Information About Human Rights Law in Ontario
Below is a preview of the five most recent posts from the blog Human Rights Law in Ontario. To read these posts in their entirely or subscribe to future updates from this blog, please visit their website!
- 2018: New High Water Mark in General Damages at the HRTO
2018 has been a significant year so far at the Human Rights Tribunal of Ontario in terms of remedies. Over the past decade or so, damages for compensation for injury to dignity, feelings and self-respect, have traditionally been between $10,000 and $20,000. The high water mark was less than $50,000. … Read more »
- HRTO Inappropriately Releases Individuals as Respondents in Human Rights Applications – When Did an Organizational Respondent become Sufficient?
The Ontario Human Rights Code’s preamble states its purpose, in part, is “the creation of a climate of understanding and mutual respect for the dignity and worth of each person”. The Code is not intended to “punish” a person or company that engages in discrimination. Rather it is remedial or restora … Read more »
- HRTO’s Failure to Award Damages in Lieu of Reinstatement Unjustifiably Shifting Consequences of a Broken Employment Relationship to Applicants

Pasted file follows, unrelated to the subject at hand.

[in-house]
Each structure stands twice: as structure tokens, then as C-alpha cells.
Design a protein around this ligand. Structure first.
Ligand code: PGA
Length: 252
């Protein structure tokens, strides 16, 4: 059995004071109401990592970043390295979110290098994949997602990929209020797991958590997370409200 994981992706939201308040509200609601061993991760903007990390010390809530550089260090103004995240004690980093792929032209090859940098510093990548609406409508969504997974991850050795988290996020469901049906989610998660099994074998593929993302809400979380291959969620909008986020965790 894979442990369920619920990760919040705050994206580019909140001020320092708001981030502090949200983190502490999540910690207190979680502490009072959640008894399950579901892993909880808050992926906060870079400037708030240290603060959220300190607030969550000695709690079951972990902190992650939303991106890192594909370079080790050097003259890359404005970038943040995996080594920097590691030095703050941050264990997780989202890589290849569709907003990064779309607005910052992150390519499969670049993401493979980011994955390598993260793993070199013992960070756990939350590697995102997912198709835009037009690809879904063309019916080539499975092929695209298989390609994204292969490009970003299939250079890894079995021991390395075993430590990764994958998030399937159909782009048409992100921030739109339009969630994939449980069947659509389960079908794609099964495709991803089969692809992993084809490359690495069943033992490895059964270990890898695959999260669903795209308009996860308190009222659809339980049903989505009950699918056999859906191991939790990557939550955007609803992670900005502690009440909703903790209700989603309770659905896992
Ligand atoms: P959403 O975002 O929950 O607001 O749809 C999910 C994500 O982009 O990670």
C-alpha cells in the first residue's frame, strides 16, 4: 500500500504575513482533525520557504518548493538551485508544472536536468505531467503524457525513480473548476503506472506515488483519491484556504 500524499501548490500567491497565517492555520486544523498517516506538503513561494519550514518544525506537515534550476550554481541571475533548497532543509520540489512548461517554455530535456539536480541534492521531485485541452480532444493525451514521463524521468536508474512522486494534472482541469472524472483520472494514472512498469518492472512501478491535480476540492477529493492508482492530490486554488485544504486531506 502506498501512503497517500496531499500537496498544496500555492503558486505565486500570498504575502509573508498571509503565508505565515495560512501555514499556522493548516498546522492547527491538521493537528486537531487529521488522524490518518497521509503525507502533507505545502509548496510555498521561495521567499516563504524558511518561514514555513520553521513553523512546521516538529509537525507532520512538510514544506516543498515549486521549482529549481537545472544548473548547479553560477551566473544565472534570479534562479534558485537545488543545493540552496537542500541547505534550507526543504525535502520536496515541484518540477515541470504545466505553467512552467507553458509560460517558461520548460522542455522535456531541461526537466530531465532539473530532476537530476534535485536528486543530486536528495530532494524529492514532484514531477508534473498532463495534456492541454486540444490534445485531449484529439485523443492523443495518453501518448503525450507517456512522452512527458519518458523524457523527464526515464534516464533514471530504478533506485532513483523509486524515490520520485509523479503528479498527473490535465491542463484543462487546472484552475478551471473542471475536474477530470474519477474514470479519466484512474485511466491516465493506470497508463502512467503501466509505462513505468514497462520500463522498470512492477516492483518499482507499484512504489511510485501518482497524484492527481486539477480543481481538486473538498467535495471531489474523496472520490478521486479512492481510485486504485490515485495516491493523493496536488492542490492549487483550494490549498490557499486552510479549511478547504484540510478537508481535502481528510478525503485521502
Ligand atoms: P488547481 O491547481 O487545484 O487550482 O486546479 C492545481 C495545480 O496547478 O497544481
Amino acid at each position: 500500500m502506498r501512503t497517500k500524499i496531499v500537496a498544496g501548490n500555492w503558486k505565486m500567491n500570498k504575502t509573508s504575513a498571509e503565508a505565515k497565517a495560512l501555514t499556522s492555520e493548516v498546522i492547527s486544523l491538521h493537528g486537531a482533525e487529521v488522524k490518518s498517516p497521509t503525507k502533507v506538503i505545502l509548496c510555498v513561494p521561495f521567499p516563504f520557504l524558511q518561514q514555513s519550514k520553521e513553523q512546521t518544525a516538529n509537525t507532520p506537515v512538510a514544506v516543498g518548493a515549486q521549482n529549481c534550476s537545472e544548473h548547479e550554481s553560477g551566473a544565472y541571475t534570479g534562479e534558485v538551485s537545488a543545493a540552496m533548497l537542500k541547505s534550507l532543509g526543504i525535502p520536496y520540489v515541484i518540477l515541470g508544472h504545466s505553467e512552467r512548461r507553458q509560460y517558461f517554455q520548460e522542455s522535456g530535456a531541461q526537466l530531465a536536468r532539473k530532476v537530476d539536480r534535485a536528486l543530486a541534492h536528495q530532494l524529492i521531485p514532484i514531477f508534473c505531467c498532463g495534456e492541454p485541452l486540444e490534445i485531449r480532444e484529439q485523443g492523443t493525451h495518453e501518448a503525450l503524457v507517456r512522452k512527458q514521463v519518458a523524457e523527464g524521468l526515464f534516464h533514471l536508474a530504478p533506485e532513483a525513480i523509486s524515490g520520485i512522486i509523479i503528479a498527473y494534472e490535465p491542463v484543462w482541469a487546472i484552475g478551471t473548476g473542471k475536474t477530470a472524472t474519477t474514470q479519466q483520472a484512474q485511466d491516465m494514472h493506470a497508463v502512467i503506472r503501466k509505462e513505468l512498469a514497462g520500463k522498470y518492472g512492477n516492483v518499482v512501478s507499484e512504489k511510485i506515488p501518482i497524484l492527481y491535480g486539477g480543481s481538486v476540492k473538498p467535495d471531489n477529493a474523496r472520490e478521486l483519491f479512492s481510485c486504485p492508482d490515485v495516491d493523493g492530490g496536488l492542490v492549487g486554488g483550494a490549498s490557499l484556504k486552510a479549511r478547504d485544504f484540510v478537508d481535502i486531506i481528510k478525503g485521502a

A couple of days ago I wrote a paper for the Ontario Bar Association’s Constitutional, Civil Liberties and Human Rights Section, posted here. The article is re-posted herein. It explores the concept of damages in lieu of reinstatement in the context of the Human Rights Tribunal of Ontario. Since the … Read more »
- HRTO Consistently Refuses to Order Prospective Future Lost Wages: The End of “Make Whole” Remedial Principles?
In the past, the Ontario Board of Inquiry has shown a willingness to abide by the remedial principles of the Code and make complainants “whole”. Future prospective lost wage orders were not balked at. See the 1992 decision, McKee v. Hayes-Dana Inc. et al.[i] for example. Mr. McKee had worked for th … Read more »
- Frustration of Contract and Undue Hardship: Ontario Courts and Tribunals Misapply the Law in Relation to Disabled Employees Absent from the Workplace
Last Friday, I presented at the Law Society of Upper Canada’s Six-Minute Employment Lawyer program. In front of a large audience, comprised on several management-side employment lawyers, I attempted to explain why the law in Ontario relating to disabled employees and frustration of contract is wrong … Read more »